You don't know me. I'm okay with that. This is my search for insignificance.
Tuesday, July 2, 2013
Its a funny thing about memories. We seem to recall what we want to recall. If we have fond memories of a time or place, we forget what was unpleasant. On the other hand, if we do not have fond memories, then nothing good could have possibly happened in relation to said time, person or place. This graphic does a pretty good job of explaining this.
I remember my childhood. I grew up in Florida. I remember warm weather, fun vacations, lots of boisterous noise and many hours spent playing outside.
But memories can be tricky. If I'm honest with myself I also remember sunburns. That sun was hot. I remember 40 hours driving in a van to our destination. My parents didn't believe in planes. The boisterous noise may have been, at times, sibling rivalry. Oh, and during one of those hours outside, I was almost kidnapped, though I'm sure they would have brought me back.
God seems to understand how powerful memories can be. In the Old Testament we see Him telling the Israelites to pile rocks all over the place to remember a big moment in their history. Joshua 4:1-9 is a great example. Over in the New Testament, we read about Jesus telling His disciples to remember Him, by using the Passover meal. This would involve a special holiday with taste and smell, a powerful agent for memories.
It's hard to imagine any one of the disciples needing a device of any kind to remind them of Jesus. They could have gone back to fishing for the rest of their life. I think they would have remembered that one guy who walked on water and healed leprosy and even raised people from the dead. Those would be difficult things to forget, not to mention that Jesus was about to raise Himself from the dead.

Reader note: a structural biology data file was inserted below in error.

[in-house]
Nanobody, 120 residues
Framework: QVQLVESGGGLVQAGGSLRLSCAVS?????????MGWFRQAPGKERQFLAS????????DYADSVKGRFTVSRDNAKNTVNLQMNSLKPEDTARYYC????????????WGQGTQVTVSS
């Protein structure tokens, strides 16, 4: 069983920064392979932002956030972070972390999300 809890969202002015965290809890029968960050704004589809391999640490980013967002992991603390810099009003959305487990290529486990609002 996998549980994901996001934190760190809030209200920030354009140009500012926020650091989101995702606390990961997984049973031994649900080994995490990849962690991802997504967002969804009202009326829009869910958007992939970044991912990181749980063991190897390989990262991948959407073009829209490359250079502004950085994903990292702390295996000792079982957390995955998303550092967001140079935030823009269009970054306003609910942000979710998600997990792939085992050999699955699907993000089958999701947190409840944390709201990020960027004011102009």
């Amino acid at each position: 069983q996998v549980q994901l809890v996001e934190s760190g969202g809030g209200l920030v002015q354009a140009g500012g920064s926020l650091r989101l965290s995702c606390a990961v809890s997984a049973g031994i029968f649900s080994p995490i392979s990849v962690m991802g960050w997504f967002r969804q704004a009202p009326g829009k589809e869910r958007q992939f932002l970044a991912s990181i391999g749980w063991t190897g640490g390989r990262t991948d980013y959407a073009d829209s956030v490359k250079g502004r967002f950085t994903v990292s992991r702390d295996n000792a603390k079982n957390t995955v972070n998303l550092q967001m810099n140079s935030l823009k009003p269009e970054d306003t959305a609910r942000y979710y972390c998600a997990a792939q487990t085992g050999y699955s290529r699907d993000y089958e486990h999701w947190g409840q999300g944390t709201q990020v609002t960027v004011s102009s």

Yeah, Jesus is kind of memorable.
But He commanded them. He took bread and wine and told them to keep coming together, to keep eating together and to do so in His name. Taking communion is about remembering. The disciples were told to remember their meals with Jesus. We are told to remember the sacrifice paid.
The Passover was something the Jews did every year. Meeting together was something the Christians did daily. The piles of rocks in the Old Testament were passed more than once. The stories were shared often.
Even today we share the old, old story. None of us are beyond learning, or relearning, something valuable from a recounting. Memories can fade, but repetition solidifies those things we hold most dear.
I don't always take to heart the value of ritual in the Church. I could be accused of sometimes going through the motions. Yet there is value in repeating those things which are most beneficial to keep in mind. When it comes to childhood memories, I know certain things have been blurred while others enhanced in my mind.
Fortunately in the Church, we have the Bible and a community of believers to remind us of what is good. We have leaders to keep pointing to the mission. We have one another to help us retain that which should never be forgotten.